Russians Insist On New Pipeline To Bypass Ukraine, And Europeans Fine With It

PARIS, France -- The Ukrainians hate this thing. European politicians and energy executives don't seem the least bit worried about it.


Gazprom CEO Alexei Miller.

"If this Nord Stream 2 pipeline is built, it is bad for Ukraine. Bad for Naftogaz. Russia will bypass us in the future if this gets built," says Andriy Kobolyev, CEO of Naftogaz, a company that gets a chunk of its revenue shipping Russian gas into Europe.

Naftogaz accounts for nearly 10% of Ukraine's GDP.

The European Commission received a mandate on Sunday to go ahead and negotiate with Russia on the construction of the so-called Nord Stream 2 pipeline through the Baltic Sea.

There already is a Nord Stream 1 pipeline.

This one will be laid right beside it.

The source of that gas, mainly Russian state-owned gas behemoth Gazprom, says that this is a way for Europe to secure supply of natural gas when needed.

But Ukraine and gas industry executives like Kobolyev believe that Russia is using that pipeline, and another one it is building with Turkey's BOTAS Petroleum, to limit its dependence on Ukraine as a gas transit route into southern Europe.

Some see it as a way for Russia to punish Ukraine for leaning towards Europe and away from Russia. 

"The Commission has approved the mandate, and today we have to submit it to the participating countries," said the European Commission vice president and the bureaucrat in charge of energy affairs, Maroš Šefčovič.

He said the Commission will likely revisit the pipeline plans in September.

Russian Energy Minister Alexander Novak told Itar-Tass news agency yesterday that he has not seen the document yet on which the Commission will base their decisions.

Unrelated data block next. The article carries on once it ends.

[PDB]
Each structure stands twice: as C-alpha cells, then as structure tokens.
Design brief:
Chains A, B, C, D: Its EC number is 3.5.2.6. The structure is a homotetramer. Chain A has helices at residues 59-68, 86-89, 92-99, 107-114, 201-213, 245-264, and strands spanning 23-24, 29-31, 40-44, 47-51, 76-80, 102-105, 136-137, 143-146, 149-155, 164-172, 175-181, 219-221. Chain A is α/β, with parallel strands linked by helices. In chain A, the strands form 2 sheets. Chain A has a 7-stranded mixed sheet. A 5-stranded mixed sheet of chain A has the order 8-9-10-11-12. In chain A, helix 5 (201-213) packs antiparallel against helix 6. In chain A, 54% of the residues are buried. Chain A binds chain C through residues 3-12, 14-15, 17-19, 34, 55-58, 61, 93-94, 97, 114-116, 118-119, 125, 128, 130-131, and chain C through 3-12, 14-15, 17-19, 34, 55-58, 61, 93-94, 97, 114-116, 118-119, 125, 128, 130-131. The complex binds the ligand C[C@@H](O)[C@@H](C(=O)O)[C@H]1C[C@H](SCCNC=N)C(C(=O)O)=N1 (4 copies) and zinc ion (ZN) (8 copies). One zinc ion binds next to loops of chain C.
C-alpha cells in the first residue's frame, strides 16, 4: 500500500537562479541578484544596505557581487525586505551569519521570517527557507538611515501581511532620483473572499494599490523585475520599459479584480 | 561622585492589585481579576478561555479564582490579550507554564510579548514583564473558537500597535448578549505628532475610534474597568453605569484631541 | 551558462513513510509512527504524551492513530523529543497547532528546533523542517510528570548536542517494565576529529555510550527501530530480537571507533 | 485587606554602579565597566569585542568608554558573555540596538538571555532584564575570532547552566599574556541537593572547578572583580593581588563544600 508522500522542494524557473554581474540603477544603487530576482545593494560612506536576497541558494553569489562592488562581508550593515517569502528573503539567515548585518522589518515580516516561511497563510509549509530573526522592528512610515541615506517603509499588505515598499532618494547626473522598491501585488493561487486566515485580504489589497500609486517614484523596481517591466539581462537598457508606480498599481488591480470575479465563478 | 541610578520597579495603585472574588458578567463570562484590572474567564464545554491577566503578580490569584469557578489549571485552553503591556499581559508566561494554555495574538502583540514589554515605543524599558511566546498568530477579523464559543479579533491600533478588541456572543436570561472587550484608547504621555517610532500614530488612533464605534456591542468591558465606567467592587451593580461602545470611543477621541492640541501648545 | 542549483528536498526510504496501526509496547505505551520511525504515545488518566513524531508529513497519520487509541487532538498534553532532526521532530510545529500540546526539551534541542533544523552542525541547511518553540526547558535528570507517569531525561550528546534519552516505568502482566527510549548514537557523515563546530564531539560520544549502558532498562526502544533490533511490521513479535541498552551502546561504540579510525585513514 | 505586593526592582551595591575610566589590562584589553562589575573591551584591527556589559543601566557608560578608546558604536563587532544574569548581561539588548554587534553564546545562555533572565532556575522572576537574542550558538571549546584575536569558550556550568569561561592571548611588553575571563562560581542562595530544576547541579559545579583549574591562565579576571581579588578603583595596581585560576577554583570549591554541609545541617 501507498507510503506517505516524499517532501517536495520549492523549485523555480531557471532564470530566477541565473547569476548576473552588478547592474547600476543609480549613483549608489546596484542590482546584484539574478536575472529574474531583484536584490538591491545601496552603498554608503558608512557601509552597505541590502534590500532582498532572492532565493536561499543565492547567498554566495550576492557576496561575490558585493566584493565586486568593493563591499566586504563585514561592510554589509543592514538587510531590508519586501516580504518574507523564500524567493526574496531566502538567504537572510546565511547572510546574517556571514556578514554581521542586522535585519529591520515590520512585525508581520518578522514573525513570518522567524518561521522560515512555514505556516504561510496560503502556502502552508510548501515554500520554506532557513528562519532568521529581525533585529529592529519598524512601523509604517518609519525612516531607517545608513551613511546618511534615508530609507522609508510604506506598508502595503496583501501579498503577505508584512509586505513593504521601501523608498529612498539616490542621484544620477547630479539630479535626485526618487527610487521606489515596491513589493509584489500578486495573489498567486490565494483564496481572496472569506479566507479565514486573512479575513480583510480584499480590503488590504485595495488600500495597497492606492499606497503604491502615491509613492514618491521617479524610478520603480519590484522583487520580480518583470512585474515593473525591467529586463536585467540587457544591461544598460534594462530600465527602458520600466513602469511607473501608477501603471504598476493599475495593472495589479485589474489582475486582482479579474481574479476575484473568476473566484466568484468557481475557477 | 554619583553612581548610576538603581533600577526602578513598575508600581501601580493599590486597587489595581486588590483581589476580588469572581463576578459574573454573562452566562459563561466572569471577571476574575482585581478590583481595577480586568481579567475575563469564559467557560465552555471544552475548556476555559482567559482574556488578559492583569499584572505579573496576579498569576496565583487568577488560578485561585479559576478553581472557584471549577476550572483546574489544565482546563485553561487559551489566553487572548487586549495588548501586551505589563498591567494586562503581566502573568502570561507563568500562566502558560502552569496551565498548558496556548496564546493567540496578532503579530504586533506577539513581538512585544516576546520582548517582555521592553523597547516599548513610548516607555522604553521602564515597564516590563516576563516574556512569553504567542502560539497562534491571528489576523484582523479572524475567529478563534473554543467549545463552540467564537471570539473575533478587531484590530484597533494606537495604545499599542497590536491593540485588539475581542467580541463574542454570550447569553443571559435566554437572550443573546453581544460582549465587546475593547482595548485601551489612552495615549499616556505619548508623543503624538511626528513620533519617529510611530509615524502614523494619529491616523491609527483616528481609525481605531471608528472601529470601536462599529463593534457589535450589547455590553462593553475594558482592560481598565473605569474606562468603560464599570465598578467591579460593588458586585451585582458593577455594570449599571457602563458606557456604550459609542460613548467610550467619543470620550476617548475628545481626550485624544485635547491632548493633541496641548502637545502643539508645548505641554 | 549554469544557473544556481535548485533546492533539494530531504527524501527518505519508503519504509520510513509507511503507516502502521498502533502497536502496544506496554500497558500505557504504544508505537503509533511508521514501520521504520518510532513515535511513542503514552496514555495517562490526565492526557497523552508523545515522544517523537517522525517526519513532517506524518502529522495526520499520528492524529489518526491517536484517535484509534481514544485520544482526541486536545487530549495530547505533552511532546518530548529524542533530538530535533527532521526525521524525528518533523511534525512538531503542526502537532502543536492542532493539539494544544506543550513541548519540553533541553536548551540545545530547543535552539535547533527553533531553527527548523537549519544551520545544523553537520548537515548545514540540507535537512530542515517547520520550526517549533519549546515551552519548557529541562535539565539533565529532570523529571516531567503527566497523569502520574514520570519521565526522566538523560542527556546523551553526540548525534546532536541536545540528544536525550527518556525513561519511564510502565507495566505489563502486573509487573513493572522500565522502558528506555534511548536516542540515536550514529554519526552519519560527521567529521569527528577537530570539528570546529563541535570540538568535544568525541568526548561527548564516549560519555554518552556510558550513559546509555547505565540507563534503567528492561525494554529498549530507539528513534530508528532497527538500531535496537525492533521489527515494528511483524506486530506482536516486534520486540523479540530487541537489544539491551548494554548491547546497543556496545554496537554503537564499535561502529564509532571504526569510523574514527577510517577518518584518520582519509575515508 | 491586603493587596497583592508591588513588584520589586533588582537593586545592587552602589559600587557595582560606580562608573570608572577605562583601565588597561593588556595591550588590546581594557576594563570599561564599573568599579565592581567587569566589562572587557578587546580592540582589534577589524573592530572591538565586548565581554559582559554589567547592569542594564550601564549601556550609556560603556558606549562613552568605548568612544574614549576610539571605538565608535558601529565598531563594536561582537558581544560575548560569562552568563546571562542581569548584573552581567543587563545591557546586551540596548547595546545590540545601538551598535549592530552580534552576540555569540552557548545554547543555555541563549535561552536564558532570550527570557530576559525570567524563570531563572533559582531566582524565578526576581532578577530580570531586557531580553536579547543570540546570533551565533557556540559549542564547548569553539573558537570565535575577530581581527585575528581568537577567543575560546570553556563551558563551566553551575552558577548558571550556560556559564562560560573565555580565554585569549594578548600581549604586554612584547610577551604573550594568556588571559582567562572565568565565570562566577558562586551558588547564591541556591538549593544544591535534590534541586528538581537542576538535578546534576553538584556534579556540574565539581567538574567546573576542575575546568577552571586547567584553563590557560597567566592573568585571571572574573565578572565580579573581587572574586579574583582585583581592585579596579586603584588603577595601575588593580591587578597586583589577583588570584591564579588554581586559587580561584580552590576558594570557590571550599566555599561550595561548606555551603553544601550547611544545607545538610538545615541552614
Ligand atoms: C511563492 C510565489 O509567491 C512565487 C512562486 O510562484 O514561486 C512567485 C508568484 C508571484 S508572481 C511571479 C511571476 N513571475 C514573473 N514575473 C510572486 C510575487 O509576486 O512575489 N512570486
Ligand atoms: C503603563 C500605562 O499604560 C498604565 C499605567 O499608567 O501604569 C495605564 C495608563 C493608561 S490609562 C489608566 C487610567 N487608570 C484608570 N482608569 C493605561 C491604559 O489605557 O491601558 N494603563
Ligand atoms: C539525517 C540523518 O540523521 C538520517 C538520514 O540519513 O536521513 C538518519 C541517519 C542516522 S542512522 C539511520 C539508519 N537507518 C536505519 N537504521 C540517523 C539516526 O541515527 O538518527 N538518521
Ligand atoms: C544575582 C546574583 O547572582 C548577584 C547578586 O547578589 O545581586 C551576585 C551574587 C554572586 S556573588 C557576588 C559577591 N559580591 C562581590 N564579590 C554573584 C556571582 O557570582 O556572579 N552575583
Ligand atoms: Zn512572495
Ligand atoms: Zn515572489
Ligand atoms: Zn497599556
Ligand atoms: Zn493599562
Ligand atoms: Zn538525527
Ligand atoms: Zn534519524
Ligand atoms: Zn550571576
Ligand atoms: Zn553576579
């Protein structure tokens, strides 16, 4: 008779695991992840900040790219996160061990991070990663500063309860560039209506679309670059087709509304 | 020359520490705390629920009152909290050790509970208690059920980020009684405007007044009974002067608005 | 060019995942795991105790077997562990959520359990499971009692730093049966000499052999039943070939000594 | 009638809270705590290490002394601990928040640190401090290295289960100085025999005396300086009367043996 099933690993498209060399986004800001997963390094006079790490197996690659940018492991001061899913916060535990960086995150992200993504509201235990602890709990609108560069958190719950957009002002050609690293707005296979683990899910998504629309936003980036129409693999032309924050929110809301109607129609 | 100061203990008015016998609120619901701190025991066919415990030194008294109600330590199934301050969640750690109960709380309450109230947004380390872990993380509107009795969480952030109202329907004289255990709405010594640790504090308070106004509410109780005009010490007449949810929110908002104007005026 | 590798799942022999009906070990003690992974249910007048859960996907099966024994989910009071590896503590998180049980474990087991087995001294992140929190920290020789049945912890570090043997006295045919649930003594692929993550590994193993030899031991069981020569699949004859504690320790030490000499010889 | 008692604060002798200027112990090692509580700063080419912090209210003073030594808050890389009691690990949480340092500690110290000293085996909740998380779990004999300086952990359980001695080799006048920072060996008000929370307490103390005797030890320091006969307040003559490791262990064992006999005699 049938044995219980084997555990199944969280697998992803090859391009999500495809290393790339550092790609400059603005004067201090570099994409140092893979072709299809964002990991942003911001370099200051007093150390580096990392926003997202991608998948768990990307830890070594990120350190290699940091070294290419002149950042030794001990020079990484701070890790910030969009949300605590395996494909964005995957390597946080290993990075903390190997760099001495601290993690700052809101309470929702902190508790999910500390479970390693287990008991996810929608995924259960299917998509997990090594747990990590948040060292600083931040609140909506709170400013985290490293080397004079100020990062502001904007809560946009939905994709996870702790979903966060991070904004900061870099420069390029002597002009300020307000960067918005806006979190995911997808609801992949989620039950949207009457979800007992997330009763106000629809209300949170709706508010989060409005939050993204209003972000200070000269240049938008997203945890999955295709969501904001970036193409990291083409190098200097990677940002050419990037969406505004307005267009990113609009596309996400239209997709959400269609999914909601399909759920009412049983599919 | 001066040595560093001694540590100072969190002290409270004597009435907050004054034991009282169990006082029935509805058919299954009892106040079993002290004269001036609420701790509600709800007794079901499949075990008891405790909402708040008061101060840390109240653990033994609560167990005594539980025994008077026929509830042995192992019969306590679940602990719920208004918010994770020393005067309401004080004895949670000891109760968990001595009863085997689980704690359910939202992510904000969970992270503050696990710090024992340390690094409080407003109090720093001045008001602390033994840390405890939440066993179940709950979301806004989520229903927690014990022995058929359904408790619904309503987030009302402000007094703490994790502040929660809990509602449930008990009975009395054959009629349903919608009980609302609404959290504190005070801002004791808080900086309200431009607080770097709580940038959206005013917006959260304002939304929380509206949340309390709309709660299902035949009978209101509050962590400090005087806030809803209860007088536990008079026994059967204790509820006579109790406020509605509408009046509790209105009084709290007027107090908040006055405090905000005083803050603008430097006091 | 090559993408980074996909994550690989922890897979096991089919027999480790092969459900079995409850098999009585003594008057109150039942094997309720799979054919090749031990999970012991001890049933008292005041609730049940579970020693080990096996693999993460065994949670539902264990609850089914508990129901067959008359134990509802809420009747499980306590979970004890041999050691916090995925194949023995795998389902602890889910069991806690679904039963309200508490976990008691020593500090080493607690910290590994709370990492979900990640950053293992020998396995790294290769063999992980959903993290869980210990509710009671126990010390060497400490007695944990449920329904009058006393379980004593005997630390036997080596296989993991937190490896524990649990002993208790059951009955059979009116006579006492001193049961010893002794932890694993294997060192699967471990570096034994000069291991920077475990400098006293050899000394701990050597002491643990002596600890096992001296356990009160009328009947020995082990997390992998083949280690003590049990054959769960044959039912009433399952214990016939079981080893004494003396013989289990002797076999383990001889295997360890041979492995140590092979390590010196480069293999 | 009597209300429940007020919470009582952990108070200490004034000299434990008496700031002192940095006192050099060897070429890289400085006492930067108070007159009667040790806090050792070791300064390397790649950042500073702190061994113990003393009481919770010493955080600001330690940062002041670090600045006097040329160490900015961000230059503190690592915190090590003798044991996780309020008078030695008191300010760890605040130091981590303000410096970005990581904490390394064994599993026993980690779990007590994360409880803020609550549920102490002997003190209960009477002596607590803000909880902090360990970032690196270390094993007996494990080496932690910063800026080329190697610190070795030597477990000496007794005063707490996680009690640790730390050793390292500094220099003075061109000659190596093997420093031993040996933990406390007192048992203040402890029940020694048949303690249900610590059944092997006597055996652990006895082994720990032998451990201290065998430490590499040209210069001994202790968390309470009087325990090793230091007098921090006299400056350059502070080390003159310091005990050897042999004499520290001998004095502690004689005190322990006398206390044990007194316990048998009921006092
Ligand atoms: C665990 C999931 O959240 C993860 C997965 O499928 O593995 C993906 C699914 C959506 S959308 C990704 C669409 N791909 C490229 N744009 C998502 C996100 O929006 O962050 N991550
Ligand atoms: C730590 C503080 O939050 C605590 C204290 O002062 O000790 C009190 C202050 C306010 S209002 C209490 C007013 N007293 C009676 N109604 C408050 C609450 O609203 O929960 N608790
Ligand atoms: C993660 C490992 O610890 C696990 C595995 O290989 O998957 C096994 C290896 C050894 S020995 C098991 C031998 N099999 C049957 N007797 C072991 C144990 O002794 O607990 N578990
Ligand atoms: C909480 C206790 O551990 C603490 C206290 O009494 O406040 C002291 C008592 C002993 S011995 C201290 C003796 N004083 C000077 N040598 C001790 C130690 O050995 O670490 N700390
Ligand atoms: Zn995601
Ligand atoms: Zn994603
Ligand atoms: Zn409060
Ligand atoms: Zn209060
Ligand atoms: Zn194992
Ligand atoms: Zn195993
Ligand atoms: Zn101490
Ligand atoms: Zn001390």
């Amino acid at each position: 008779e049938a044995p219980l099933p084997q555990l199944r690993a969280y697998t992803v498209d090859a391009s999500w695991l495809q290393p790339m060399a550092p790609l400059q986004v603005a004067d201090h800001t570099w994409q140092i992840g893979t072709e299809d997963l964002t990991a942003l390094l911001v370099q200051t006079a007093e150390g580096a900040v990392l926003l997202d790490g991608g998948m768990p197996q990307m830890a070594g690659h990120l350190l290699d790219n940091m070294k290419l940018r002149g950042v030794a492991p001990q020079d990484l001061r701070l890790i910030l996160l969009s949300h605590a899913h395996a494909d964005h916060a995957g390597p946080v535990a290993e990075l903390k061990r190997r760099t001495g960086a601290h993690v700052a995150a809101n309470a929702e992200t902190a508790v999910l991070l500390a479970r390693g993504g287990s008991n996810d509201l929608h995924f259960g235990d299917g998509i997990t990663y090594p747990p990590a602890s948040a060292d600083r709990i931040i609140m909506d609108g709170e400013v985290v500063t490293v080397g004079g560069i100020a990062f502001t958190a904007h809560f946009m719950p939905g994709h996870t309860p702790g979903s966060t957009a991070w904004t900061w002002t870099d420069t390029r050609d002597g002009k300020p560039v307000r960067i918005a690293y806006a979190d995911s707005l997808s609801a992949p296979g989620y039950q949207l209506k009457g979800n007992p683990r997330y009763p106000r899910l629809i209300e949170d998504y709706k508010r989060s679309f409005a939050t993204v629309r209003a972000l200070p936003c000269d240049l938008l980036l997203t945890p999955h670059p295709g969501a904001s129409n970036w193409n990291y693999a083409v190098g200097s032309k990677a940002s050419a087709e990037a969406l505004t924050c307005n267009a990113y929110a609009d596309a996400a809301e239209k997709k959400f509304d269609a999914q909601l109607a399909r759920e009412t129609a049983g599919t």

"Our position is that this is a commercial project between the private sector," he said.

Ukraine and Russia have been at almost at war since 2014 when a pro-Russian president named Viktor Yanukovych opted out of a European trade accord in favor of cheaper Russian natural gas.

When it became clear that Vladimir Putin advised Yanukovych away from the European deal, hundreds of thousands took to the streets in protest.

Yanukovych was removed from office.

The Euromaidan revolution, one of many revolts in Ukraine since independence, ultimately led Russia to annex Crimea following a vote by locals there to secede from Kiev, a vote Europe and the U.S. believe was also part of consulted advice from Moscow.

Both Washington and Brussels have sanctioned Russian energy and finance companies for its support of separatists in eastern Ukraine, a region Russia believes is part of its family.

This is one family dispute with international repercussions.

Russia feels the West is meddling in its household.

Ukraine and the West think otherwise.

It's a losing battle, and has been one since it began three and a half years ago.

European sanctions do not include energy companies, or at the very least, does not ban the construction of pipelines into Europe.

Construction is scheduled to start in 2019.

The pipeline will connect Russia to Germany via the Baltic Sea.

Capital costs are estimated at around 10 billion euros ($11.2 billion).

Gazprom said on June 6 that it reached a financing deal with project partners for a 6.65 billion euros ($7.45 billion) bridge loan.

The loan is supposed to fund up to 70% of the project.

Germany has two companies involved.

Angela Merkel has been a supporter of Ukraine's new president, Petro Poroshenko, having met with him on numerous occasions to discuss the Russia peace process and financial aid.

Gazprom's partners in this new pipeline include Engie of France, OMV of Austria, Shell and Germany's Uniper and Wintershall.

Source: Forbes

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